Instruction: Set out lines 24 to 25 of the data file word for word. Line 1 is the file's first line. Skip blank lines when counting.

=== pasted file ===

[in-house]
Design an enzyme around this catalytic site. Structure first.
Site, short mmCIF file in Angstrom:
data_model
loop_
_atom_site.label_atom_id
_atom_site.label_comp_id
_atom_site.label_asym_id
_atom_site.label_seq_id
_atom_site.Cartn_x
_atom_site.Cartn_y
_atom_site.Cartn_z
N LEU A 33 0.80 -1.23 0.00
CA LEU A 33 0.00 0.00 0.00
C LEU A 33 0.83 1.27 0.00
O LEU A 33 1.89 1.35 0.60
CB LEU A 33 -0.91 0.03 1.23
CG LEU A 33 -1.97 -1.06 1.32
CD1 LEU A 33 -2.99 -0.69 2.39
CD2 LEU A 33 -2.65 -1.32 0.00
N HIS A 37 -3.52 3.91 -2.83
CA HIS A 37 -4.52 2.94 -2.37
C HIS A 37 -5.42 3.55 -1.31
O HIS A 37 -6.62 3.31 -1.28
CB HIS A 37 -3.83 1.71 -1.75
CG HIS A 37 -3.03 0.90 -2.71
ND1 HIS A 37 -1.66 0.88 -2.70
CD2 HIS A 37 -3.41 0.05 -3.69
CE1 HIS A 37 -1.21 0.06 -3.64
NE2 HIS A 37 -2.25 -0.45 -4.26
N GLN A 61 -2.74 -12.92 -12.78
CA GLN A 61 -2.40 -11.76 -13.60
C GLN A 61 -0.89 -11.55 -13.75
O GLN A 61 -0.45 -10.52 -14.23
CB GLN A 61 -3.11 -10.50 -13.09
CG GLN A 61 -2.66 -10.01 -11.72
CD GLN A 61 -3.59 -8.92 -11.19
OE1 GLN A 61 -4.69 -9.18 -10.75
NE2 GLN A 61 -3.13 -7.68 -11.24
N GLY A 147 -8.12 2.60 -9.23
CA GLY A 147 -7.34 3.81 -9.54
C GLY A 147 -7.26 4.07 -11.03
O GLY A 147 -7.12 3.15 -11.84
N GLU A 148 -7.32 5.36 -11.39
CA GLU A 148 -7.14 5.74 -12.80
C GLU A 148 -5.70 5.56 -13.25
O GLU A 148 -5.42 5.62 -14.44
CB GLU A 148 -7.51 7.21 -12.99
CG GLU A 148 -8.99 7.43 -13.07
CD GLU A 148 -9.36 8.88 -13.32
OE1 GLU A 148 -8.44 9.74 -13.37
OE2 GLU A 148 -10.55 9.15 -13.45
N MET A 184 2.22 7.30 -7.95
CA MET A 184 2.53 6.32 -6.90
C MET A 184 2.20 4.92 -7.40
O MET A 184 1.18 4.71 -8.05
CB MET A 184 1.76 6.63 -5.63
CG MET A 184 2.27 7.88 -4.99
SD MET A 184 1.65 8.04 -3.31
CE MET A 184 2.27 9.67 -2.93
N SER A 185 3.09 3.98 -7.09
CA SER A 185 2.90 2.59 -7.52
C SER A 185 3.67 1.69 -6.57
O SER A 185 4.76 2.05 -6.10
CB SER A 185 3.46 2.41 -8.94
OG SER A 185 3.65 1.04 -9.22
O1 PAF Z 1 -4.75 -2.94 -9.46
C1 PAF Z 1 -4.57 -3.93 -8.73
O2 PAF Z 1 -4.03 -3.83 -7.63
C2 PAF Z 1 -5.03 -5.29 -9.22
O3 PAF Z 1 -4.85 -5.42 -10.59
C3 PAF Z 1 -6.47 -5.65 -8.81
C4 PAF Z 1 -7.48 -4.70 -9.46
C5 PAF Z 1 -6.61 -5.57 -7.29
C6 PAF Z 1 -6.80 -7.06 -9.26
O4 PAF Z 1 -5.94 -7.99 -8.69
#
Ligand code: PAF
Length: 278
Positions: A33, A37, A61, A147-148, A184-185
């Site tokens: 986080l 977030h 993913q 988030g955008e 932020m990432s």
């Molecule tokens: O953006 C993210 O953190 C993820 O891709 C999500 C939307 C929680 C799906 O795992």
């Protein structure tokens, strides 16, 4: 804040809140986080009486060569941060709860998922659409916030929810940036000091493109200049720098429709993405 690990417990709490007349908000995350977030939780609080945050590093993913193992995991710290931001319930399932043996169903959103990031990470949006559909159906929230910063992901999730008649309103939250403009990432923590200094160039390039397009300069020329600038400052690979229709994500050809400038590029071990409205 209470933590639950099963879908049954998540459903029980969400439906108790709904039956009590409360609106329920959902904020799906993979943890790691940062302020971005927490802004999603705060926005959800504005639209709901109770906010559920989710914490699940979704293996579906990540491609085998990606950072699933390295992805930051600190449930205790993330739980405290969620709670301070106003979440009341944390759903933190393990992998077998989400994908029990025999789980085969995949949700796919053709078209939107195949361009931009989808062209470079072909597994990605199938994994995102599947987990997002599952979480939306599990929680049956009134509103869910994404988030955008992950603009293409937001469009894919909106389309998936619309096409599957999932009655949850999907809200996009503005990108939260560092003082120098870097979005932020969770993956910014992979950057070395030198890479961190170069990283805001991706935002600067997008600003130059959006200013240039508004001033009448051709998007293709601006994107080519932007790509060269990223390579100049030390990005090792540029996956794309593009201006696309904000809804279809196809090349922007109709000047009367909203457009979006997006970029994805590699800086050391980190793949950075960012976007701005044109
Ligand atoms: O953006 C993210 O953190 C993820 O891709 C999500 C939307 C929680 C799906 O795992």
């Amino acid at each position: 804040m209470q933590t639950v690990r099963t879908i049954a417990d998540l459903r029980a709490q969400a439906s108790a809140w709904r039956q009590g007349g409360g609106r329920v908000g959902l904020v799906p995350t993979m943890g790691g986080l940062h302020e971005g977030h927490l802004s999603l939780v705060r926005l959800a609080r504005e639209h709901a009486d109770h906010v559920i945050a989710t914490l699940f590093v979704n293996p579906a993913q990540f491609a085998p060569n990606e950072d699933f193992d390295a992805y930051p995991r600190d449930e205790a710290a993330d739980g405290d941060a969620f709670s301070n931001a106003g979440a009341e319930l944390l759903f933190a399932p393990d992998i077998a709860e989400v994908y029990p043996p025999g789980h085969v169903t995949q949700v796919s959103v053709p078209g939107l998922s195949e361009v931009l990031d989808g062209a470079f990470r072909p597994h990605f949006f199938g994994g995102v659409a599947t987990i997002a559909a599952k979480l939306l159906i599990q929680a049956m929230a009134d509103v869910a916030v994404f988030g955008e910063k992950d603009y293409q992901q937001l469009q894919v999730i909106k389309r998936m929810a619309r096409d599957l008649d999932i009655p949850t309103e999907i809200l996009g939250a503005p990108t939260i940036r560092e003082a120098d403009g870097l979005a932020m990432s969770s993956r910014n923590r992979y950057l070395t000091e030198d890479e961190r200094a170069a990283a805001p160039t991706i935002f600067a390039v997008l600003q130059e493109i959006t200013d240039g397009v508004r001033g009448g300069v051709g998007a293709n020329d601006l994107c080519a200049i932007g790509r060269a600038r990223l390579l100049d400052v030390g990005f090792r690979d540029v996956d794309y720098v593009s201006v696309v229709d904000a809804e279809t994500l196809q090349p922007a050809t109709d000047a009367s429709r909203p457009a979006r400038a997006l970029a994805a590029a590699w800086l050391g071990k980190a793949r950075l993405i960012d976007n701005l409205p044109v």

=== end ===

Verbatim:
O HIS A 37 -6.62 3.31 -1.28
CB HIS A 37 -3.83 1.71 -1.75